This suggests that translation training affects the way students present their discussion of translation problems, making them less concerned about excluding alternative opinions and viewpoints while following a translation training programme. The expansive tokens used by the students in the forms were of an entertaining type, where the students showed their subjectivity while opening their arguments for discussion, as is evident in example 5 below. Concerning the types of contractive token used, the students first proclaimed and limited the scope of their arguments by either pronouncing or concurring with different opinions, as is evident in examples 6 and The students also disclaimed and rejected contrary positions by either using counter expectancy conjunctions or negation, as is clear in example 8.
By classifying the contractive tokens employed by the students into disclaim and proclaim, we will examine whether the students excluded alternative opinions and closed down their arguments by challenging alternative textual voices, using tokens of disclaim, or by endorsing different opinions through the employment of tokens of proclaim. This will help us investigate in more depth the changes in the manner in which trainee translators justified their decisions while following the translation training programme.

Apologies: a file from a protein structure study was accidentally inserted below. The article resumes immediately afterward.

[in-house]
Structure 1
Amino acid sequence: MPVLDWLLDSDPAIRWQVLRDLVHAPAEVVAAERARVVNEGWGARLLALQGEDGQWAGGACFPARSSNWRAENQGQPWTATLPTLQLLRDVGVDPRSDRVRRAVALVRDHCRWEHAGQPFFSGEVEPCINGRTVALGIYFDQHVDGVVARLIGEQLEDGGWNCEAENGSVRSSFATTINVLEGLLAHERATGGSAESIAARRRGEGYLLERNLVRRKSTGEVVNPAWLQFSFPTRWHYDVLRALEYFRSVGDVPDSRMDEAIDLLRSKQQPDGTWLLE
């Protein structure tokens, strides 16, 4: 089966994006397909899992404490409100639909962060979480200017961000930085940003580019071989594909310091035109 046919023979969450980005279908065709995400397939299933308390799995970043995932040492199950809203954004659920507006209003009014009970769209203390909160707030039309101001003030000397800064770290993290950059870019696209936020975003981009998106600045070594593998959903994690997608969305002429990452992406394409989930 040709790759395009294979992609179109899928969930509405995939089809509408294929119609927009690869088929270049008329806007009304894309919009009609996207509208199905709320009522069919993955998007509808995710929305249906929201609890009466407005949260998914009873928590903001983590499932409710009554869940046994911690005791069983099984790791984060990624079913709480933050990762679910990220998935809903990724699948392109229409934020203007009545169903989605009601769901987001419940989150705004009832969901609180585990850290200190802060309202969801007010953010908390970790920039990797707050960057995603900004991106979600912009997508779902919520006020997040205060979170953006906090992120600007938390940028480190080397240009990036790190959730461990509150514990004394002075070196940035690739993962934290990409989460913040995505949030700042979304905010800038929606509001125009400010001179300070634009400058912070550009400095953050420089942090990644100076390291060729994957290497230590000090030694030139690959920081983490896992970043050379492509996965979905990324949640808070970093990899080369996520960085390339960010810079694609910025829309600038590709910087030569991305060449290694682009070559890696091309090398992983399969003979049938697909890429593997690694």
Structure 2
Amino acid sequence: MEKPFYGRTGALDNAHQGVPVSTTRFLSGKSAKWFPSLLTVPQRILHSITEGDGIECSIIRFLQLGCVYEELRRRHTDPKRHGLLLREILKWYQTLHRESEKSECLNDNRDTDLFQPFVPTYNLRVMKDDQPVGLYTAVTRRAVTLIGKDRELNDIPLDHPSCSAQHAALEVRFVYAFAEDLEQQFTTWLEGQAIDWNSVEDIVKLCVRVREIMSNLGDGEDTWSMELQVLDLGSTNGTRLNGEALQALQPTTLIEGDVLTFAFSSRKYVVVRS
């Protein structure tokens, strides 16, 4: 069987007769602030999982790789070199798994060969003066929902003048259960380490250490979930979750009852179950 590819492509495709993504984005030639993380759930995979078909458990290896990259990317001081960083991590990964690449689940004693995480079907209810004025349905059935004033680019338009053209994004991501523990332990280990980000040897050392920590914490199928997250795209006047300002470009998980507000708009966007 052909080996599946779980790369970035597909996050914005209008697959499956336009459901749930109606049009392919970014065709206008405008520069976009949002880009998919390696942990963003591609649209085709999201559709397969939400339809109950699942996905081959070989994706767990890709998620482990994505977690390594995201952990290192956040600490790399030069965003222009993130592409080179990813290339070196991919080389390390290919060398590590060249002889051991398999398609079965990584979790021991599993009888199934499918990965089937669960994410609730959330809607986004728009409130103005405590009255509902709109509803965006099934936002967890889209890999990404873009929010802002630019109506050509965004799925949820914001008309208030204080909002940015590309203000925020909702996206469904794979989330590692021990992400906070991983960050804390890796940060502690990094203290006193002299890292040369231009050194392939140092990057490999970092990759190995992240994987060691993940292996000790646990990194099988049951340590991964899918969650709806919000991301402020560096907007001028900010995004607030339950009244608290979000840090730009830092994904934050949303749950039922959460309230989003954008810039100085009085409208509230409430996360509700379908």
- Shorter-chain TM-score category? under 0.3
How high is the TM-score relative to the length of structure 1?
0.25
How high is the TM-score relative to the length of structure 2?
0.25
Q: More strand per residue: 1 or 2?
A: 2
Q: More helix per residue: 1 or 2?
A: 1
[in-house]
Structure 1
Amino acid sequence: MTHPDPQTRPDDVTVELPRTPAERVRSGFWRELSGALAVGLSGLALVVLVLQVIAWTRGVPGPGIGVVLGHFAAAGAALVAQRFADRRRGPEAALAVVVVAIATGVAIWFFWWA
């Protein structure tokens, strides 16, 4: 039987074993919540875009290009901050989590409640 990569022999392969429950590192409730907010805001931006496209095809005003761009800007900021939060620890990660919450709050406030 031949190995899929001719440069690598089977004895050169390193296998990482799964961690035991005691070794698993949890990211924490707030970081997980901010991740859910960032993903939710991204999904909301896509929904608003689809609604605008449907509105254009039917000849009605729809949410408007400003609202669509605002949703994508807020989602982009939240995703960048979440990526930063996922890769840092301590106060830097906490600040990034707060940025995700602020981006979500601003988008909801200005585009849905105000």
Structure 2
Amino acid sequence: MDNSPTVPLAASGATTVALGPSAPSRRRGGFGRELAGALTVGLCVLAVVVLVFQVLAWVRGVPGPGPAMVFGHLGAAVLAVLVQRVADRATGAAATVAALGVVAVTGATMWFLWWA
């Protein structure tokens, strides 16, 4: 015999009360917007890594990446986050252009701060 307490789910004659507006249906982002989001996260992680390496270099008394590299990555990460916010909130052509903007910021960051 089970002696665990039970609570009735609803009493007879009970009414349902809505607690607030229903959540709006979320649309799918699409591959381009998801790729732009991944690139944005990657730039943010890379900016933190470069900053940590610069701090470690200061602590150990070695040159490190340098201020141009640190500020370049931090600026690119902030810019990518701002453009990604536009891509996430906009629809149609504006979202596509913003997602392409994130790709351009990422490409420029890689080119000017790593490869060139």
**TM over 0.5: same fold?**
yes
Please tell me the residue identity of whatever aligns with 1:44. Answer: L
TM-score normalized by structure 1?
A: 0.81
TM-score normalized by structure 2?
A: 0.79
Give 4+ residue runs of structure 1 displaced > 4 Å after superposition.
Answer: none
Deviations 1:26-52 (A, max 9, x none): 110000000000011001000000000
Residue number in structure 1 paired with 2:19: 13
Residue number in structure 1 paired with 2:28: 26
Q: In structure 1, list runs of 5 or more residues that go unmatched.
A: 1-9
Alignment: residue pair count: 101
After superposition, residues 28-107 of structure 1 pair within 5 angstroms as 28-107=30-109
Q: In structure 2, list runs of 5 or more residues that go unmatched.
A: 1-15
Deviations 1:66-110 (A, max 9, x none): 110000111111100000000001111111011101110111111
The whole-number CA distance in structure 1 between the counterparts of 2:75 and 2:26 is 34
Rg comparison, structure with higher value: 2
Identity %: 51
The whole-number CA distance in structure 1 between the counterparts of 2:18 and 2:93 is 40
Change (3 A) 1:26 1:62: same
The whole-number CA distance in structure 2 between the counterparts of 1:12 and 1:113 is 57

The comparison of the percentages of disclaim and proclaim tokens used by the students out of the total number of contractive tokens indicates the overall prominence of disclaim tokens throughout the three stages, as Figure 3 shows. The percentage for the types of contractive tokens used by the students.
Table 3 indicates that the percentages of tokens of proclaim remained stable across the three stages.